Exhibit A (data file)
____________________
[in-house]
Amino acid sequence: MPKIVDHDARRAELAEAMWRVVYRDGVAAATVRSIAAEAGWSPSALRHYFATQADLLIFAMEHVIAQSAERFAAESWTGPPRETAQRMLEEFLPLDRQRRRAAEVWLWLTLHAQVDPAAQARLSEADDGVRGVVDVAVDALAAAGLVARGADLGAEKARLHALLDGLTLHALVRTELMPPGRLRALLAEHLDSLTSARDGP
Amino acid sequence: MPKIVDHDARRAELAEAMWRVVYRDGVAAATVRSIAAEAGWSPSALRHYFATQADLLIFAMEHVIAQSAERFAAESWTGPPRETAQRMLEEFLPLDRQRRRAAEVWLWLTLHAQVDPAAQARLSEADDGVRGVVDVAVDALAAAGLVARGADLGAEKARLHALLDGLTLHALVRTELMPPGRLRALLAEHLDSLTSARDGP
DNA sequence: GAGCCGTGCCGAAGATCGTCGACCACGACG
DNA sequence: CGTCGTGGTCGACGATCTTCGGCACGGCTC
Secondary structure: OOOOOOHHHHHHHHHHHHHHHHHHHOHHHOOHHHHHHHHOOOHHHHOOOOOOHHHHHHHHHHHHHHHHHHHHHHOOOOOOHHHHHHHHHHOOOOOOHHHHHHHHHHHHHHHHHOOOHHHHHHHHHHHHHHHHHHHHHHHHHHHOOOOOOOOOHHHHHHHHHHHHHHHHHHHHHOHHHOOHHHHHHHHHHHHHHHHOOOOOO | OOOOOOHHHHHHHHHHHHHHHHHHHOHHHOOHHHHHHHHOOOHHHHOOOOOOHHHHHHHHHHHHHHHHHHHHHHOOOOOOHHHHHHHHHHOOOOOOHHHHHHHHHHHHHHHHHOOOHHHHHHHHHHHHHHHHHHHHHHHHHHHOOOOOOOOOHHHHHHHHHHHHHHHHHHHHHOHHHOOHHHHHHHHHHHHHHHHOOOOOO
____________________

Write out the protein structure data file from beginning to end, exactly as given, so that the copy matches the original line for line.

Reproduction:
[in-house]
Amino acid sequence: MPKIVDHDARRAELAEAMWRVVYRDGVAAATVRSIAAEAGWSPSALRHYFATQADLLIFAMEHVIAQSAERFAAESWTGPPRETAQRMLEEFLPLDRQRRRAAEVWLWLTLHAQVDPAAQARLSEADDGVRGVVDVAVDALAAAGLVARGADLGAEKARLHALLDGLTLHALVRTELMPPGRLRALLAEHLDSLTSARDGP
Amino acid sequence: MPKIVDHDARRAELAEAMWRVVYRDGVAAATVRSIAAEAGWSPSALRHYFATQADLLIFAMEHVIAQSAERFAAESWTGPPRETAQRMLEEFLPLDRQRRRAAEVWLWLTLHAQVDPAAQARLSEADDGVRGVVDVAVDALAAAGLVARGADLGAEKARLHALLDGLTLHALVRTELMPPGRLRALLAEHLDSLTSARDGP
DNA sequence: GAGCCGTGCCGAAGATCGTCGACCACGACG
DNA sequence: CGTCGTGGTCGACGATCTTCGGCACGGCTC
Secondary structure: OOOOOOHHHHHHHHHHHHHHHHHHHOHHHOOHHHHHHHHOOOHHHHOOOOOOHHHHHHHHHHHHHHHHHHHHHHOOOOOOHHHHHHHHHHOOOOOOHHHHHHHHHHHHHHHHHOOOHHHHHHHHHHHHHHHHHHHHHHHHHHHOOOOOOOOOHHHHHHHHHHHHHHHHHHHHHOHHHOOHHHHHHHHHHHHHHHHOOOOOO | OOOOOOHHHHHHHHHHHHHHHHHHHOHHHOOHHHHHHHHOOOHHHHOOOOOOHHHHHHHHHHHHHHHHHHHHHHOOOOOOHHHHHHHHHHOOOOOOHHHHHHHHHHHHHHHHHOOOHHHHHHHHHHHHHHHHHHHHHHHHHHHOOOOOOOOOHHHHHHHHHHHHHHHHHHHHHOHHHOOHHHHHHHHHHHHHHHHOOOOOO